Domestic wheat situation and outlook: 2011 crop conditions vary widely across the country

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USDA’s National Agricultural Statistical Service’s (NASS) June 6 Crop Progress reported that 34 percent of the winter wheat crop is rated good to excellent and 44 percent was rated poor to very poor. A year ago at this time, 66 percent of the winter wheat crop was rated good to excellent and only 9 percent was rated poor to very poor. The reason the 2011 winter wheat crop conditions are worse than a year ago is because of the persistent lack of moisture on the Central and Southern Plains.

Conditions are the worst in Texas and Oklahoma, but Colorado and Kansas are also not in good shape. In Texas and Oklahoma, 79 percent and 77 percent, respectively, of the wheat crop is rated poor to very poor. In these two States, 0 percent of their crops are rated excellent. In Kansas and Colorado, 54 percent and 31 percent, respectively, of the wheat crop is rated poor to very poor. Thirteen percent of the Nebraska crop is rated poor to very poor.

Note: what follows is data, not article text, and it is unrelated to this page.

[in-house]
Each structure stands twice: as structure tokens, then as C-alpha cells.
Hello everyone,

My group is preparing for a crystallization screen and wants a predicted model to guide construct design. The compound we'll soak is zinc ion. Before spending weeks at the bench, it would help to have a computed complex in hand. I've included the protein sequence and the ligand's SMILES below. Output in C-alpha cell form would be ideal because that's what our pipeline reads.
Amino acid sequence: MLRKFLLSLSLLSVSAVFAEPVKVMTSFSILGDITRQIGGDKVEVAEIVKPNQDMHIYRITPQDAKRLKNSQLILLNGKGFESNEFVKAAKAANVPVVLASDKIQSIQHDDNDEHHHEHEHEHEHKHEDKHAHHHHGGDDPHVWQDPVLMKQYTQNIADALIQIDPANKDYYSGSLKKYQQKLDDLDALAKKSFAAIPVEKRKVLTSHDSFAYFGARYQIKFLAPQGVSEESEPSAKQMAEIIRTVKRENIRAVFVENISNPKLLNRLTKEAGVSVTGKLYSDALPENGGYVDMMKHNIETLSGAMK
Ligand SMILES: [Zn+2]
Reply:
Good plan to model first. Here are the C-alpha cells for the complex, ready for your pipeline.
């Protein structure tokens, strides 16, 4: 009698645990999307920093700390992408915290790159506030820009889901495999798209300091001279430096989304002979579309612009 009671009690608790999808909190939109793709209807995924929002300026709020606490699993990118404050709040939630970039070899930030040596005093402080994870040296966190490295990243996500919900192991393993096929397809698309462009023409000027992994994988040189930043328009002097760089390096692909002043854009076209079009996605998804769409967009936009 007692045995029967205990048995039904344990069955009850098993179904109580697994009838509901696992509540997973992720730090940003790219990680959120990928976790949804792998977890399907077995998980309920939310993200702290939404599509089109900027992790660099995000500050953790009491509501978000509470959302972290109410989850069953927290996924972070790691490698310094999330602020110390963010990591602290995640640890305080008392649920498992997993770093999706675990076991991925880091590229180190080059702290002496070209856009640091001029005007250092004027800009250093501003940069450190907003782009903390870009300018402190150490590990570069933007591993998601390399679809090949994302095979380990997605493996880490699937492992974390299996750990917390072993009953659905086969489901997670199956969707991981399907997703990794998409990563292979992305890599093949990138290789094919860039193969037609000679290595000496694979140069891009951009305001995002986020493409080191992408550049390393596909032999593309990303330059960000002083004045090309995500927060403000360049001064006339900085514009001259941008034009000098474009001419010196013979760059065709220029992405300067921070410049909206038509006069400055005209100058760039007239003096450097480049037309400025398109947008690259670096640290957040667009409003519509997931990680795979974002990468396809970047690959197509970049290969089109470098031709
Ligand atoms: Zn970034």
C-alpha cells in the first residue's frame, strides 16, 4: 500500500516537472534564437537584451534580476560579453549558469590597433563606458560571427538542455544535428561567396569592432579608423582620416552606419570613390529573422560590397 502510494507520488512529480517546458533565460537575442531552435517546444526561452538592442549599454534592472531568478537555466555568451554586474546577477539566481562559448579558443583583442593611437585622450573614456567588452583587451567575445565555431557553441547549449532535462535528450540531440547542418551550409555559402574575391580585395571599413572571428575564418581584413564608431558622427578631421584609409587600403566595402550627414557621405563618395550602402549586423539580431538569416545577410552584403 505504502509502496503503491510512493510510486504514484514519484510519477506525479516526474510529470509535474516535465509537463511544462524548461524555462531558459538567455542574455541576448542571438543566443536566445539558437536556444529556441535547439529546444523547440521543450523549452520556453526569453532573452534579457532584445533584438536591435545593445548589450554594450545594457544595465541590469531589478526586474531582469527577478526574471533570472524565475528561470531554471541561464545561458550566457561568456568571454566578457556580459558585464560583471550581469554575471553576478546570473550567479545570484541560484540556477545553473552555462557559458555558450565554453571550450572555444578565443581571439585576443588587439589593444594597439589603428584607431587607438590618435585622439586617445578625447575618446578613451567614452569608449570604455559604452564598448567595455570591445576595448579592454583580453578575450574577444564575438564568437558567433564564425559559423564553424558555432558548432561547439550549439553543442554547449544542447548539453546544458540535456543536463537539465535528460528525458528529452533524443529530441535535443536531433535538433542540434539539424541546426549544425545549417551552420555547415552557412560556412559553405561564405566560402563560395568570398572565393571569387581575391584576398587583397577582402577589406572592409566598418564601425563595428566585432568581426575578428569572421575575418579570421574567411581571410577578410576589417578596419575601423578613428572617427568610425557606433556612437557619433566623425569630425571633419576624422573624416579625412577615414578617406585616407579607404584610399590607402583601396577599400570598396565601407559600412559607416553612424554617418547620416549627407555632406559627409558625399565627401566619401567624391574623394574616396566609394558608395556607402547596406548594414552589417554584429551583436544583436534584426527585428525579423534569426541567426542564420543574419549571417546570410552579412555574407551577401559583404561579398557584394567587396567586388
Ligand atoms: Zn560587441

Until recently, the conditions for most SRW States were much better than on the Plains.

However, excessive moisture and flooding have sharply impacted crops in Arkansas and Missouri. The percentage of the crops in Arkansas and Missouri rated poor to very poor are 26 percent and 29 percent, respectively. Illinois, Indiana, North Carolina, and Ohio average 63 percent of their crops rating good to excellent. Conditions are even better in the Pacific Northwest. Idaho, Oregon, and Washington average 80 percent of their crops rating good to excellent.



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